Marine archaeologists explore the HMS Terror on the seafloor of the Arctic Ocean.
To get a look inside the ship, divers deployed a remotely operated vehicle, or ROV. (Parks Canada, Underwater Archaeology Team)
By Megan Gannon smithsonian.com
Below deck, glass bottles sit upright in storage rooms, and stacks of intact ceramic plates are neatly arranged on shelves. Rusted firearms hang on the walls. Wash basins and chamber pots remain undisturbed in officers’ rooms.
The captain’s desk, with its drawers tightly shut, collects layers of fine marine silt.These eerie scenes came into view for the first time as underwater archaeologists finally got an extensive look inside the HMS Terror, one of two ships that disappeared in northern Canada during the doomed Franklin expedition of the 1840s.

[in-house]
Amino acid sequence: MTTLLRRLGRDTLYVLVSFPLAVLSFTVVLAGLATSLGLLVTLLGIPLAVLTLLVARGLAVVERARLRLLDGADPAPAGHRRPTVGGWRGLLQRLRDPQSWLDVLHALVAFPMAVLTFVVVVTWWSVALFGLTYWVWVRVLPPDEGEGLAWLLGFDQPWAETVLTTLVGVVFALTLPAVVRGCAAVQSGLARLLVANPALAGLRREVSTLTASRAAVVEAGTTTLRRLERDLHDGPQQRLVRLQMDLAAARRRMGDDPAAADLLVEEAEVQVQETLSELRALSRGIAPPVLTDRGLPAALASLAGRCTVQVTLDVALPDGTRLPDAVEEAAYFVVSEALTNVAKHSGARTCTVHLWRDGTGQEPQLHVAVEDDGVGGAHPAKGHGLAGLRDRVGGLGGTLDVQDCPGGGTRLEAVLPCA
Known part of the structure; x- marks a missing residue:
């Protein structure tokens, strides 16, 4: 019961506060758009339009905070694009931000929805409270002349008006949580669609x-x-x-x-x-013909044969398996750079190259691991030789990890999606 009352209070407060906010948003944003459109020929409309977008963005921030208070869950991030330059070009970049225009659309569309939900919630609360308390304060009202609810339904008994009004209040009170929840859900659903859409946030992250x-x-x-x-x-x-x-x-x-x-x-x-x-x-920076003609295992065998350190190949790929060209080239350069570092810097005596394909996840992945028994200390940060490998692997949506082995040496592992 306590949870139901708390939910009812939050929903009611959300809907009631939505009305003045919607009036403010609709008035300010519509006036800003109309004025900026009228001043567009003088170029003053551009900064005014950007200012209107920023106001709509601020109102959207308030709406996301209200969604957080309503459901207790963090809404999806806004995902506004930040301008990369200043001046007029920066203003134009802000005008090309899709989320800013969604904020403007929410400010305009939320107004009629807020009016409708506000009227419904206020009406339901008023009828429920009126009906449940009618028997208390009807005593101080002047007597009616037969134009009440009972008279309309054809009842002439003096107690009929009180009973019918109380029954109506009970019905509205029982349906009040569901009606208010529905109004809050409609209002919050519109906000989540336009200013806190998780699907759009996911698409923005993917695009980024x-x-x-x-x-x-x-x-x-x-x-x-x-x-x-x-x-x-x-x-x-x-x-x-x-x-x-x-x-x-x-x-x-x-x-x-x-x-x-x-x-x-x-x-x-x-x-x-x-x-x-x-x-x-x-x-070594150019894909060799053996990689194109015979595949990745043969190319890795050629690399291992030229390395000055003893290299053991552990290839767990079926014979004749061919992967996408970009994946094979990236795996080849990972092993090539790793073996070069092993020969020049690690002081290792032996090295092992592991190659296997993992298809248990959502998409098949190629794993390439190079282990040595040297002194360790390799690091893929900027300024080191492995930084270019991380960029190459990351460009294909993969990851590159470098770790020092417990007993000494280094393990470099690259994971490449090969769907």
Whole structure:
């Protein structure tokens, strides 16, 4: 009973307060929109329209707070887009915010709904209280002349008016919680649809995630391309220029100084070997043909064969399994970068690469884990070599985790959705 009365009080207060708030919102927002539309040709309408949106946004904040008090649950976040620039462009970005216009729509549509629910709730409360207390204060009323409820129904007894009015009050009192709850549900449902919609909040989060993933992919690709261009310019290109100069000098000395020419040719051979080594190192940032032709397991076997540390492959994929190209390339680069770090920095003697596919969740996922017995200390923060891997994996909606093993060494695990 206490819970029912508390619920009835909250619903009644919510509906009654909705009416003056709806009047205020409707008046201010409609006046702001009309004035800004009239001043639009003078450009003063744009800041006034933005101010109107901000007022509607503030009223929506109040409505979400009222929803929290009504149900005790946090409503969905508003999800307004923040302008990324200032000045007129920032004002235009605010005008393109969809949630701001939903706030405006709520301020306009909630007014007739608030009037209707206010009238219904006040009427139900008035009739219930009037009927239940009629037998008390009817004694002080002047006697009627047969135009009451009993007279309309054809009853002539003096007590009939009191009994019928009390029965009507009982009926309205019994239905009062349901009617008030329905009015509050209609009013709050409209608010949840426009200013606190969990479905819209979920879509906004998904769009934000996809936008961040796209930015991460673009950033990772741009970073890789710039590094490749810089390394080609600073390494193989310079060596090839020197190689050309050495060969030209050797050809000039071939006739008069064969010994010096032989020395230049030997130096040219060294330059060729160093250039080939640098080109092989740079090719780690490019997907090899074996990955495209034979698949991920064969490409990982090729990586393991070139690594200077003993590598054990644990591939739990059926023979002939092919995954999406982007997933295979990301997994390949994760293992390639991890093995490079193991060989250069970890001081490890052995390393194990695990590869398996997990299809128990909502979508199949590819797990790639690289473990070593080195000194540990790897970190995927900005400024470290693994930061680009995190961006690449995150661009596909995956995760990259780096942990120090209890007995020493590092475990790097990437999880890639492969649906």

“We see just a dizzying array of artifacts,” Ryan Harris, the lead archaeologist on the project with Parks Canada, said during a press conference.
“The ship stands to tell us a great deal … about the specific circumstances of these men as they were confronted by their own mortality.
”The fate of the Franklin expedition remains an enduring mystery almost 175 years later.
Arctic explorer and British naval captain Sir John Franklin and about 130 crew members embarked on an official mission to chart the last stretch of the Northwest Passage across the Arctic.
They left aboard two ships, Erebus and Terror, from the U.K. in May 1845 and vanished in the Canadian Arctic.
“In a way, Franklin was the Amelia Earhart of his time,” says James Delgado, a maritime archaeologist, senior vice president of SEARCH and author of the book Across the Top of the World: The Quest for the Northwest Passage.
“They were the best trained, best equipped, and had all the modern conveniences only to then go silent and to have the story slowly trickle out in a heartbreaking way.”